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A head is really a giant, colorful target for the insects that pollinate it. An individual thistle may have flower heads in various stages of development; this increases chances that many flowers will receive pollen and that a good crop of seeds can form, all important to the plant’s reproductive success.

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Stamens projecting from the tight floral tubes dust visitors, like this Sonoran Bumblebee, with pollen. The bees are rewarded with sweet nectar for energy and pollen for protein,; the queens especially need pollen to produce viable eggs. Of course, some pollen is transferred to the stigmas of flowers on other thistle heads, fertilization follows, and seeds are produced that carry genetic instructions to the next generation of thistles.

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One thistle I really appreciate is the Yellowspine or Santa Fe Thistle. I love the patterns on the involucral bracts and the long floral tubes of the disk flowers.

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Sometimes a single head is crowded with insects of many shapes and sizes, as well as opportunistic crab spiders, who find this platform to host an irresistible buffet of high-protein goodies. This is a very lovely native bee, and the bee-thistle relationship is a mutualism—but not a symbiosis, as they don’t co-habit.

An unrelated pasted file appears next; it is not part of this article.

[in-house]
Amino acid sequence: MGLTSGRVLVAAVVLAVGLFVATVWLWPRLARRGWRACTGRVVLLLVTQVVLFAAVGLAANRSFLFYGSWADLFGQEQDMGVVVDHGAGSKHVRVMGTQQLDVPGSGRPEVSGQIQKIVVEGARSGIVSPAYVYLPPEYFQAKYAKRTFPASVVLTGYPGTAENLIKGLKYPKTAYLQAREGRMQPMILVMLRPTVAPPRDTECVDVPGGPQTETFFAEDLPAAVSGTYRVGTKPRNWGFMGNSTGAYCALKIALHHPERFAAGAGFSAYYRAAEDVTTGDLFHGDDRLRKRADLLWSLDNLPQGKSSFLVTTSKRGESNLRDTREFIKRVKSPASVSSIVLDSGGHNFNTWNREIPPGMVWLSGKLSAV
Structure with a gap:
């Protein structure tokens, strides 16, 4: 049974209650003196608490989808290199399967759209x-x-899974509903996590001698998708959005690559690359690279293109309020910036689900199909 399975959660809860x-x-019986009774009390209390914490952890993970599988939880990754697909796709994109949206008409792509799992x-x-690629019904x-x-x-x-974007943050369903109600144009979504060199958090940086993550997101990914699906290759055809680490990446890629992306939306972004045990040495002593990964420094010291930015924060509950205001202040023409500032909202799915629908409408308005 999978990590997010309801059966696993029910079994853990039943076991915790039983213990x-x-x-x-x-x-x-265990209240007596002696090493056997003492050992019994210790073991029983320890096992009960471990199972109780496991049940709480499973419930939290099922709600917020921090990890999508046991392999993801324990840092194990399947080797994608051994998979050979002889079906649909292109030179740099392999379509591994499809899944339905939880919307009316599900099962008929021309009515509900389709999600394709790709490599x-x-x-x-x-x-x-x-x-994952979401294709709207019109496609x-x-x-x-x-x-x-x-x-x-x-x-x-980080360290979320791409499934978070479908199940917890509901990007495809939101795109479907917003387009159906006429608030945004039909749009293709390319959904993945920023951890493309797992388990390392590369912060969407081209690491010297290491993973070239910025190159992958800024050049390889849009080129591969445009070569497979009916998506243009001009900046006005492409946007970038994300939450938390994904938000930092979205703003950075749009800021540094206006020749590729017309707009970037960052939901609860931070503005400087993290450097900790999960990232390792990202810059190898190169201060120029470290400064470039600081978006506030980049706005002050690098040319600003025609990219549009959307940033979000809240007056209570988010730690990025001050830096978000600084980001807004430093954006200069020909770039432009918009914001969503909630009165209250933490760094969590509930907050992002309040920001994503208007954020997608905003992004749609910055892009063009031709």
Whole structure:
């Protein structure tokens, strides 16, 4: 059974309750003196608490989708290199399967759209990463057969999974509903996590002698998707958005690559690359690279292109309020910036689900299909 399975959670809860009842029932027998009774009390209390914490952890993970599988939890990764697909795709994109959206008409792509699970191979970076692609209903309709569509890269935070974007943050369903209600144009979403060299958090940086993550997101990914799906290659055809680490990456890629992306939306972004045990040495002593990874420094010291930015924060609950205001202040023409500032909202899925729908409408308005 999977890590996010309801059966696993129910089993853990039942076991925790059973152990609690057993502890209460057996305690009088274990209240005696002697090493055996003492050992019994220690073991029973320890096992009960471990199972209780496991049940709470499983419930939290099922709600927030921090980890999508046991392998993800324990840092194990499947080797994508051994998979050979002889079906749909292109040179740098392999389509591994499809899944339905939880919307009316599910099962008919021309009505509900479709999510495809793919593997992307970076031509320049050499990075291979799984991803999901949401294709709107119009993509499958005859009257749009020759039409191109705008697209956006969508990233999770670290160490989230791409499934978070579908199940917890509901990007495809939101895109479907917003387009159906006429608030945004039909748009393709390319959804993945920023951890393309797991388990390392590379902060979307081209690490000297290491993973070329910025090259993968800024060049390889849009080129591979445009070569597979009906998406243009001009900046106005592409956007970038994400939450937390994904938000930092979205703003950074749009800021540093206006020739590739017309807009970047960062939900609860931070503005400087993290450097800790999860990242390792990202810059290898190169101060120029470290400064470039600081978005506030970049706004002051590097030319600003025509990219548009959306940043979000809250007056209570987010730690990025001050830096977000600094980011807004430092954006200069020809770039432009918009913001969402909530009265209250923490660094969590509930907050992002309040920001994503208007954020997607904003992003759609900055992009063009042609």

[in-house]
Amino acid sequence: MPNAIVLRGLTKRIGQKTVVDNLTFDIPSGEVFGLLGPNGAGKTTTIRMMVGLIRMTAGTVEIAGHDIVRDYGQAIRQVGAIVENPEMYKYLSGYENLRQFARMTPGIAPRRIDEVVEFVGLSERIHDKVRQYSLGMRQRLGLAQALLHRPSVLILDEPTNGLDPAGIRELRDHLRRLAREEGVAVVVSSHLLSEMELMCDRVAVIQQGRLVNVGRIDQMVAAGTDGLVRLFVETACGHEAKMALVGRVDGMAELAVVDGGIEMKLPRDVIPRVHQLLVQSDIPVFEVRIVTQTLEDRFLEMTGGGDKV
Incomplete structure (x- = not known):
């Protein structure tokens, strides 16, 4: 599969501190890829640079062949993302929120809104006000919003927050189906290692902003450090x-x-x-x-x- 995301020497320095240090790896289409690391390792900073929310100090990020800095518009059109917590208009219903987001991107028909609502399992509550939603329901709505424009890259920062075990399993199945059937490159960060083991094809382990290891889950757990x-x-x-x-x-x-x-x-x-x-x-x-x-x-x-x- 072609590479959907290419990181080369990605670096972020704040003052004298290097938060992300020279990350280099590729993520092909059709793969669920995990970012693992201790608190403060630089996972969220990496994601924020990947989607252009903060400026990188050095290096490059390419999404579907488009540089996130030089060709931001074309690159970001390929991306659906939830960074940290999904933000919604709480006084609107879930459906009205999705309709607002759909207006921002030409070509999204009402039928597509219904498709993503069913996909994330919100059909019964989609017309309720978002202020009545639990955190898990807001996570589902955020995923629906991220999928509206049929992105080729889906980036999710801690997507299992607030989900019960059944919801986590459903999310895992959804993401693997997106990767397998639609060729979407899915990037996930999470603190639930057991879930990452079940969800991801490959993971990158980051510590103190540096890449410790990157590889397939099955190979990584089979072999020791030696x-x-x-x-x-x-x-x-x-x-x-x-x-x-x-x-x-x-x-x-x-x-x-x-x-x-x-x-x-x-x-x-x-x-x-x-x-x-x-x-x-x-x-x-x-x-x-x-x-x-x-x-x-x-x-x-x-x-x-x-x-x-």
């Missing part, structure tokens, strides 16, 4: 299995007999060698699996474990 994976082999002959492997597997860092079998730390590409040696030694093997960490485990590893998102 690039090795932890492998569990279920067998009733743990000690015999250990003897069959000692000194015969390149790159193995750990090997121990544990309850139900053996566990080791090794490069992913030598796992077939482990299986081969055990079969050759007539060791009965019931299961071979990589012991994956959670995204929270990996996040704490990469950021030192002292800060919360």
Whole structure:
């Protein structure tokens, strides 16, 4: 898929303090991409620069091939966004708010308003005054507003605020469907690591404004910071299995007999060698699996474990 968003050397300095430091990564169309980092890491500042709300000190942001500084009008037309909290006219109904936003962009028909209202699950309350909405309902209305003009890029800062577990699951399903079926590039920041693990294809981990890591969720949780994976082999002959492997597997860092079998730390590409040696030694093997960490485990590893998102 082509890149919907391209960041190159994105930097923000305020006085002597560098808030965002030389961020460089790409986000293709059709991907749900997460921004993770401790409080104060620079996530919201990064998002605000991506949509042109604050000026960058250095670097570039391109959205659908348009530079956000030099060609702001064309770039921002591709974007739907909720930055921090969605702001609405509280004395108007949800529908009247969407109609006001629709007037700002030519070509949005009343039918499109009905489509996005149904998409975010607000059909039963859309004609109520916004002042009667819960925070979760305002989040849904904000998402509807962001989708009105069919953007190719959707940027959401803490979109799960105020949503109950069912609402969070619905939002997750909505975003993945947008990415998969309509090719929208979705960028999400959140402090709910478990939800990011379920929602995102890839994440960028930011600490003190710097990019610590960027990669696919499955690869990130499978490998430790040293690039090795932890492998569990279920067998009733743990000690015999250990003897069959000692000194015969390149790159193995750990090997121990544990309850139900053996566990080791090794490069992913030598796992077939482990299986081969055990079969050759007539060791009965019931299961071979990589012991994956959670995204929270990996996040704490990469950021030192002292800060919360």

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It’s hard to beat a thistle head for insect-watching. More kinds of bees can show up than I can readily identify; in fact, the diversity of native bees in Arizona is among the richest in the world. Arizona is noted for its 5 C’s, but it perhaps should be as well known for its hundreds of bees.

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Though many insect visitors are tiny, easily escaping our detection, some are relatively enormous and impossible to miss. The Two-tailed Swallowtail is our state butterfly, and thistles help keep their populations healthy.

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Post-pollination, each seed (an achene) develops long feathery plumes (pappus). The fluff functions as a parachute to carry away the seeds when the wind picks up. Adult plants stay put, but the babies are cast to the vagaries of the wind.

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Birds such as this Lesser Goldfinch seek out the nutritious achenes, but they never get them all. They may also collect the fluff for nesting material. A diverse ecosystem provides services to so many other organisms. Applying herbicides to kill thistles can destroy so much more than the target weed. We need to develop much better ecological awareness and stop the destruction of complex ecosystems that may serve us in ways we can scarcely imagine.